Conclusions: The technique of transverse incisions in the graft to correct or reduce high postkeratoplasty astigmatism is simple, efficient, and relatively safe. The main problem was poor predictability. (Refract Corneal Surg 1992;8:33-38.)

High astigmatism is still a common complication of penetrating keratoplasty which often limits the final corrected visual acuity.

Several methods have been applied and combined in attempts to reduce its frequency. Trephination with pneumatic fixation systems1,2 reduces the risk of incision defects and facilitates good donorrecipient apposition. Adjusting the tension of a single continuous suture under photokeratoscopic control3 or removal of tight interrupted sutures4-5 significantly reduces postoperative astigmatism.

Surgical correction of high astigmatism persistent after suture removal remains rather controversial. Despite improvements in instrumentation, the results of corneal wedge resections,6 relaxing incisions,6-8 or Ruiz technique,9 remain poorly predictable.10-12

Transverse incisions (T-cuts) have been used by Ruiz in association with radial incisions (trapezoidal keratotomies) for the correction of high myopic astigmatisms. Thornton13 proposed using T-cuts alone or in combination with radial keratotomies for the correction of congenital astigmatism. The Ruiz procedure has further been modified by reducing the number of transverse incisions (five pairs initially). A study of transverse incisions on cadaver eyes14 has demonstrated little increase in effect for more than two pairs of transverse incisions tangentially placed at optical zone of 5 and 7 mm. In our present study, we used the technique of transverse keratotomies for the surgical correction of high astigmatism following penetrating keratoplasty because of its simplicity and corrective potential.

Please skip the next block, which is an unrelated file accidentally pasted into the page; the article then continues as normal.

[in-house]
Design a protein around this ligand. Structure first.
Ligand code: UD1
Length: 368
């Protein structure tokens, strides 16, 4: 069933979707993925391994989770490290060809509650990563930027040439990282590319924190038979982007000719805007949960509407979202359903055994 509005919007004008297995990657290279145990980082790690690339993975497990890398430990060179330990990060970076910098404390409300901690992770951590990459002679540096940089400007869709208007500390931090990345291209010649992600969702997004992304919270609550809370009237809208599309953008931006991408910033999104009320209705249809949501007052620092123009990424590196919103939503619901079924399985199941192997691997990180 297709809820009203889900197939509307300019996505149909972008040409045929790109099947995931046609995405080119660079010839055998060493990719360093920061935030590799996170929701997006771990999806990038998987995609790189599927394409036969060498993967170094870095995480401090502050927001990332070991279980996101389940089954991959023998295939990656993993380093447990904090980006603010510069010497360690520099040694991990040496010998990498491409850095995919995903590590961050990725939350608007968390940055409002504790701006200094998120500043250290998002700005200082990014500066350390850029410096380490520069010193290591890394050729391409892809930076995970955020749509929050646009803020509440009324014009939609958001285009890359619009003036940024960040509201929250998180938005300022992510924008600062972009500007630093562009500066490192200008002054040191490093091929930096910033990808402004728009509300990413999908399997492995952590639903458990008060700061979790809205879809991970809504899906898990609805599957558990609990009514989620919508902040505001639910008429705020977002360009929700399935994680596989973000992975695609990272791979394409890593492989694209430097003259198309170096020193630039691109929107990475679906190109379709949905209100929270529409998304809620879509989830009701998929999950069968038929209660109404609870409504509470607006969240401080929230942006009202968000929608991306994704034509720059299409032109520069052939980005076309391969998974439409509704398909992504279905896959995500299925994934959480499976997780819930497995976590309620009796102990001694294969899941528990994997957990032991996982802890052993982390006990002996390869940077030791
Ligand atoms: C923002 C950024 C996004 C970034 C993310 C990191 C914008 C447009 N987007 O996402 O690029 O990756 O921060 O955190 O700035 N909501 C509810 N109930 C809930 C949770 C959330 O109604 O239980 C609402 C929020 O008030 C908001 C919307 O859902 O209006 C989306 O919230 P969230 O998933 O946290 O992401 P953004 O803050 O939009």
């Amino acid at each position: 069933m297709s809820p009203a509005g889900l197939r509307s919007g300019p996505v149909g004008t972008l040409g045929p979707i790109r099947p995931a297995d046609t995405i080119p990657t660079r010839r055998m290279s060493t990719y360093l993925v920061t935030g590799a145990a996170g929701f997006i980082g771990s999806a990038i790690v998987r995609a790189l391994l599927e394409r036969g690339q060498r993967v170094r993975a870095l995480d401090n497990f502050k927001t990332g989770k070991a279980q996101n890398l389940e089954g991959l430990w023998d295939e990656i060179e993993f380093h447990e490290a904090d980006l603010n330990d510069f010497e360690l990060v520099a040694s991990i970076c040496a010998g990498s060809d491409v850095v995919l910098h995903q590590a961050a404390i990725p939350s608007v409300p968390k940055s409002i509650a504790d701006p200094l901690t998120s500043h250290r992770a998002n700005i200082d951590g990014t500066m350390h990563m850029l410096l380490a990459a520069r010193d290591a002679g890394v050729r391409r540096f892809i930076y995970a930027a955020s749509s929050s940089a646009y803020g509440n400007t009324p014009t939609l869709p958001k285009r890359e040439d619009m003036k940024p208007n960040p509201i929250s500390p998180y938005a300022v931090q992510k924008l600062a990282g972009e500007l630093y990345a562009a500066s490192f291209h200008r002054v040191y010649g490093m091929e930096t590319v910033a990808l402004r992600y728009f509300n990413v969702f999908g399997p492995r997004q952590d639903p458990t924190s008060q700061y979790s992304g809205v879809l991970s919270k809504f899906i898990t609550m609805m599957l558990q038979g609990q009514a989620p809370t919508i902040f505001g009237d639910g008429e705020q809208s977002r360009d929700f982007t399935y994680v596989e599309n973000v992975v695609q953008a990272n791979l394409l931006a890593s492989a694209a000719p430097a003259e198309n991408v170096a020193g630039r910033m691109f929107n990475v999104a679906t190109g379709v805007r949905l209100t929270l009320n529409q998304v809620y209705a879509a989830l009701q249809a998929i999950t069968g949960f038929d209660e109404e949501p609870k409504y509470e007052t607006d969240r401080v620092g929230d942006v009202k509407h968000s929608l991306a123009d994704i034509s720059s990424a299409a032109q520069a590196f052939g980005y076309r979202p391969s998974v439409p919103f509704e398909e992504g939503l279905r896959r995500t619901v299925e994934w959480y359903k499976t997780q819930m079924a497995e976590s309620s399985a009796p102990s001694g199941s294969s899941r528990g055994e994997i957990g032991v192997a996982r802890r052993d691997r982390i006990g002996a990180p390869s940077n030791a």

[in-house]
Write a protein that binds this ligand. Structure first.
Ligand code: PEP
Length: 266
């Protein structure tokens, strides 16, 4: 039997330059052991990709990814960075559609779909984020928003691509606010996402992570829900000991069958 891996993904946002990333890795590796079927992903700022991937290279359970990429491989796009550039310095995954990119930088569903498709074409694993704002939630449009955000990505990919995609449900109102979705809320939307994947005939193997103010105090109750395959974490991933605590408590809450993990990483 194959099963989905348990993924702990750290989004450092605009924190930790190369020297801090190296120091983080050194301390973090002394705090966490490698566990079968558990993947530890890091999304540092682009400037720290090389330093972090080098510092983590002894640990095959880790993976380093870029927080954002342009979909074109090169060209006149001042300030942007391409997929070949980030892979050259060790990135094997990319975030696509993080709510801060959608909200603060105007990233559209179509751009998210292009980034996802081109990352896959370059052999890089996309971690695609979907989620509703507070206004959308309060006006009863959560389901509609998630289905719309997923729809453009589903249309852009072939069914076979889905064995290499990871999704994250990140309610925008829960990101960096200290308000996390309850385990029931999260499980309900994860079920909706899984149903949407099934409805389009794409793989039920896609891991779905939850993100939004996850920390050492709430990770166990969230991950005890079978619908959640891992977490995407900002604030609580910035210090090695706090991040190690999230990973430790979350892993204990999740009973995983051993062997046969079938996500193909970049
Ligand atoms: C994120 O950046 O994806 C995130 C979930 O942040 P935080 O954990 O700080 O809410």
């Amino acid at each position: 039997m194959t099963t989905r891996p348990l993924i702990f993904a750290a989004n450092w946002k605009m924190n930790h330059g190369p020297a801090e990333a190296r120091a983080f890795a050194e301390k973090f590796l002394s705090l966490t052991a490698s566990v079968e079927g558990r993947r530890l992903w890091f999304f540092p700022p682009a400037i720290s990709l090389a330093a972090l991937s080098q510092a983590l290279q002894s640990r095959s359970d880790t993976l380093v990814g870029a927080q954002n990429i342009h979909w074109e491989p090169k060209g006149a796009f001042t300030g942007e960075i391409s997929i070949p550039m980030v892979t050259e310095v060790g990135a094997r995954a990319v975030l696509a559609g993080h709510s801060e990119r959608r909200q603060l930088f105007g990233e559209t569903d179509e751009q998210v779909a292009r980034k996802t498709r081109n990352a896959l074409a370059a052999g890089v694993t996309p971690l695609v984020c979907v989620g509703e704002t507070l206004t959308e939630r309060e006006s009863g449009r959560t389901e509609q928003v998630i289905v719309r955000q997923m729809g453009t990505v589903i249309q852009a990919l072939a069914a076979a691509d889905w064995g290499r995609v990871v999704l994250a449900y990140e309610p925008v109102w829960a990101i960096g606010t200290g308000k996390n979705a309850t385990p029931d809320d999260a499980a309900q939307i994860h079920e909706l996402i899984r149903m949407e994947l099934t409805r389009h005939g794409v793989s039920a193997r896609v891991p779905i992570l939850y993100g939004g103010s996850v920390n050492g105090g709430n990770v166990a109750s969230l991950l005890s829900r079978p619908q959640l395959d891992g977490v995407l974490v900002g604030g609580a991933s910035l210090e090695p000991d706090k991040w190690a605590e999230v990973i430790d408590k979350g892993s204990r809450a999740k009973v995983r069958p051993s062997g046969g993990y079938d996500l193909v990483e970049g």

Table

Table 1Distribution of Initial Corneal Pathology Requiring Corneal Transplantation (n = 48)Table 2Protocol of Transverse Incisions in Grafts of ≥* 8-Millimeter DiameterFigure 1: Biomicroscopy view of transverse incision on grafts.

Table 1

Distribution of Initial Corneal Pathology Requiring Corneal Transplantation (n = 48)

Table 2

Protocol of Transverse Incisions in Grafts of ≥* 8-Millimeter Diameter

Figure 1: Biomicroscopy view of transverse incision on grafts.

MATERIALS AND METHODS

We present a retrospective clinical study based on the results of 48 consecutive transverse keratotomy procedures performed by two surgeons (J.J. S. and A.A.) between February 1987 and November 1990.

Our series included 48 eyes with high postkeratoplasty astigmatism of 47 patients with a mean age of 43.75 years (range, 27 to 70 years). Three eyes were operated on twice, for a total of 51 procedures. Table 1 shows the distribution of these eyes as a function of the initial corneal disease. Keratoconus represented more than half of the cases (27/48).

Indications were restricted to corneal grafts presenting no sign of immunologic rejection and having 4.00 or more diopters of astigmatism by keratometry (Javal). The astigmatism had to be stable for at least 6 months after suture removal, with poor corrected visual acuity with spectacles or contact lenses.

The surgical aim was not to fully correct the astigmatism, but to adequately reduce it so as to permit a better visual acuity with complementary optical correction.